Tuesday, June 1, 2010

The dangers of financial liberalization

The WSJ Economics blog recently highlighted a paper written by Ke Tang at Renmin University in China and Wei Xiong at Princeton University about how commodity prices are becoming increasingly more correlated with stock prices. This finding has to do with it becoming easier for investors to move in and out of commodities markets. Greater financial liberalization will mean increased volatility within a market as the prices of commodities will now be based more off of market sentiment, animal spirits and speculation rather than actual supply and demand and mark-up. There are also implications for monetary policy because a spike in investor optimism (pessimism) will cause input prices to increase (decrease) leading to greater uncertainty as to the direction of inflationary expectations. Fluctuations in stock prices have important household and firm wealth effects and similarly fluctuations in commodities may lead to the destruction of many firms balance sheets.

We can see this with a simple example:
“Company A” in Michigan's Upper Peninsula deals with the mining and production of copper and "company B" makes copper tubing. B buys copper from A at a set market price "P". Then say there is an unrelated debt crisis in the euro-zone that shakes up investor confidence in everything from bond markets, stock markets and commodities so that a sudden drop in the price of copper worldwide occurs. Company B who now has to pay the original market price P finds that they also have to charge less for their copper tubing. This is because the tubing price is based off of the current market price per pound plus some service markup. Not only did company B already order this copper from company A at price P but now they have to charge less than it cost them to purchase it thus leading to a potentially crippling loss.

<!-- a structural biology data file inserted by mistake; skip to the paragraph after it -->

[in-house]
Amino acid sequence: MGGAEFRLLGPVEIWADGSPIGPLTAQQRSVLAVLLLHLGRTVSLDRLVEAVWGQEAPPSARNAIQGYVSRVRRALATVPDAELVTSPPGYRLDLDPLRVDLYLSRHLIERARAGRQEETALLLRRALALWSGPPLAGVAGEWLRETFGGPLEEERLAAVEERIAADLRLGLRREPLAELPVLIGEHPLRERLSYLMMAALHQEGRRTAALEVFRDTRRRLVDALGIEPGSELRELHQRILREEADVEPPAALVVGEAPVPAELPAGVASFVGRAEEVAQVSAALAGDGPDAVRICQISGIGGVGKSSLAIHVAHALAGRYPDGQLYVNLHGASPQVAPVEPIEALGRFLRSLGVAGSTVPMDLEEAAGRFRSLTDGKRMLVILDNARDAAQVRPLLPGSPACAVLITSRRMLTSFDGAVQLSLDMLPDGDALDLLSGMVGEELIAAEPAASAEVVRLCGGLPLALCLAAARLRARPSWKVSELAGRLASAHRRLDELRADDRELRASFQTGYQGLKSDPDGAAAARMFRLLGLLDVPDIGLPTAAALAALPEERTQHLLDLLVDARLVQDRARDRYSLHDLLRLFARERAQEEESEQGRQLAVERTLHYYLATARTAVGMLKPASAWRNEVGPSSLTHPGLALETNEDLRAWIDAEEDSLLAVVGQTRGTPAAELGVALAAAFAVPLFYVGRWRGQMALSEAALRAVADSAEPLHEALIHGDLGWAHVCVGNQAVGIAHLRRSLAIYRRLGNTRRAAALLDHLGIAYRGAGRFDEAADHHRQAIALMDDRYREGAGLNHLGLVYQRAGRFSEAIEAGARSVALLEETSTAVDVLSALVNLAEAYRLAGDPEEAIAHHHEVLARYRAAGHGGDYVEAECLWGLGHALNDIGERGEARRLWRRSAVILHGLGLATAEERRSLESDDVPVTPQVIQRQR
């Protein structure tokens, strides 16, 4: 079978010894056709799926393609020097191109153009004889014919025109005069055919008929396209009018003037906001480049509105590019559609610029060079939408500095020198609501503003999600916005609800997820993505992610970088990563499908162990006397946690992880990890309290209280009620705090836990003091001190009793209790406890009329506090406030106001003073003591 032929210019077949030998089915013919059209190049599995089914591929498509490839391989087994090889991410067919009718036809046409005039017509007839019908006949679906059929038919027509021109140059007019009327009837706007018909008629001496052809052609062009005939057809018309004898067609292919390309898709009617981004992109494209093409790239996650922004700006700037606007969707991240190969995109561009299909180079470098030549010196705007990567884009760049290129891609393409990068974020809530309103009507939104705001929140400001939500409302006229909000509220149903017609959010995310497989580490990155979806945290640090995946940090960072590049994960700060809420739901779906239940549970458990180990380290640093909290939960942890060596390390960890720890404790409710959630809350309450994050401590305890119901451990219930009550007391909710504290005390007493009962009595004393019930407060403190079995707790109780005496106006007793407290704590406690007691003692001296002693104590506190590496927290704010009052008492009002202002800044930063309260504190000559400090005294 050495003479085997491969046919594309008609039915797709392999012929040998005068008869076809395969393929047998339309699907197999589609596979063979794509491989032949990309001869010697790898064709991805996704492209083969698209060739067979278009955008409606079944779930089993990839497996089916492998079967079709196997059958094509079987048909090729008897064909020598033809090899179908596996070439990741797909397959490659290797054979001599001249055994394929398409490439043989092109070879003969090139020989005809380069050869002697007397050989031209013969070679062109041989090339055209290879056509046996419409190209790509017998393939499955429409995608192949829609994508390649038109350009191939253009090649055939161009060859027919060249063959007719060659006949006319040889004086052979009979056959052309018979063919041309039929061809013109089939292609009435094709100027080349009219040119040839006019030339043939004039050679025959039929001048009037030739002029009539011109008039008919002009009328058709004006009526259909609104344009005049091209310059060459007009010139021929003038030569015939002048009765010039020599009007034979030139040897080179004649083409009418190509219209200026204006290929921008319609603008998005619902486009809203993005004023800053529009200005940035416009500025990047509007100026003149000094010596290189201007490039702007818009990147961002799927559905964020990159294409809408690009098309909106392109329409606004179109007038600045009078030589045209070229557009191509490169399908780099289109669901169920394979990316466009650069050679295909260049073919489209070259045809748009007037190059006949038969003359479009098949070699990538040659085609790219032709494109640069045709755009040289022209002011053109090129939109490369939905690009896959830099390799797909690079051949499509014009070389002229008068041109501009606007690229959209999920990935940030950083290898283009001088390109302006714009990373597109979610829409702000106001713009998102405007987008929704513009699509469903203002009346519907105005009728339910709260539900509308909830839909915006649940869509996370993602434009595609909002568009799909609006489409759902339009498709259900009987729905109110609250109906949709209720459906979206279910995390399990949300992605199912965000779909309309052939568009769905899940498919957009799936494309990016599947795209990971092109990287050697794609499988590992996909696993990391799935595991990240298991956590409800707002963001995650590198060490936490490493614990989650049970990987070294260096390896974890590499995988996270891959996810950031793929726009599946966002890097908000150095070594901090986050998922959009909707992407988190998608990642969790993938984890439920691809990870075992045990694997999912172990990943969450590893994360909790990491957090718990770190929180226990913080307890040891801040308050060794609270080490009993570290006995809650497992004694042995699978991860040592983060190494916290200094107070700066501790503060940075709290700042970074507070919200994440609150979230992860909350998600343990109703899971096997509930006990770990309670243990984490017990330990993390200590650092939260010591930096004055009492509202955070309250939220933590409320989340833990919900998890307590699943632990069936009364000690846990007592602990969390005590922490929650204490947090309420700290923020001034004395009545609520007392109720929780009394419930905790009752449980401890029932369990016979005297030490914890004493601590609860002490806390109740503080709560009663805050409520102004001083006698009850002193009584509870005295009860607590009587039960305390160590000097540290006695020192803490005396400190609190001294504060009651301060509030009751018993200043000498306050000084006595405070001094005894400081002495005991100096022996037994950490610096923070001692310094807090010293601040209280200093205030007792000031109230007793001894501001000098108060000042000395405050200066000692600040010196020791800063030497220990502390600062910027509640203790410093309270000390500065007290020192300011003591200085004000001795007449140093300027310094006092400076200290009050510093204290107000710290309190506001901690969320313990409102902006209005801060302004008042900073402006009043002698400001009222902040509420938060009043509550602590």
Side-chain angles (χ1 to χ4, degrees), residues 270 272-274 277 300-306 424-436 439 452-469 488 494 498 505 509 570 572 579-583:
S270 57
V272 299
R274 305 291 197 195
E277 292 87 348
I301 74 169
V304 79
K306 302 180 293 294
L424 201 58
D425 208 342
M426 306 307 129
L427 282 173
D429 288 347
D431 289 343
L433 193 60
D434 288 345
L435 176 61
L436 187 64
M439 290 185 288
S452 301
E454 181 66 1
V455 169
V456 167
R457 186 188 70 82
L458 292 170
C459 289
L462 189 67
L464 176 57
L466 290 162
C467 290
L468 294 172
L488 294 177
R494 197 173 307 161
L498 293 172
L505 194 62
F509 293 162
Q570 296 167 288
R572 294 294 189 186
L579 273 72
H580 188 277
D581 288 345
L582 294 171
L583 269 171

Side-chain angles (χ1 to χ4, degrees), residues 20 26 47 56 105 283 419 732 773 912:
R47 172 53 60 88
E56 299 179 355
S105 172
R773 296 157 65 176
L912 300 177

I guess the lesson here is that without stable expectations we may suffer from further bankruptcies.
One of the reasons that the Fed controls the price level so well is that they convince people that the price level will change by a set amount. Unfortunately it is extremely unrealistic to create a Fed for the stock market or commodities markets to ensure slow and rising asset inflation. Instead we have a bunch of profit seeking investors searching for the greatest yield. Goods and services are determined by supply and demand and the rest of the mark-up comes from expected inflation. When something get financially liberalized its price is no longer a function of the market conditions (supply/demand/mark-up) it becomes a function of continuously changing expectations.

A further example may help illustrate my point.
Assume tv's get financially liberalized and people sell and buy tv's based off their expectations about others demand for tv's. We would see drastic changes in tv prices that would not necessarily reflect supply and demand as a dramatic fall or rise in the price of tv's would put electronics stores out of business or in business. Waves of optimism and pessimism might impact their prices while not necessarily reflecting the true cost of production and mark-up.

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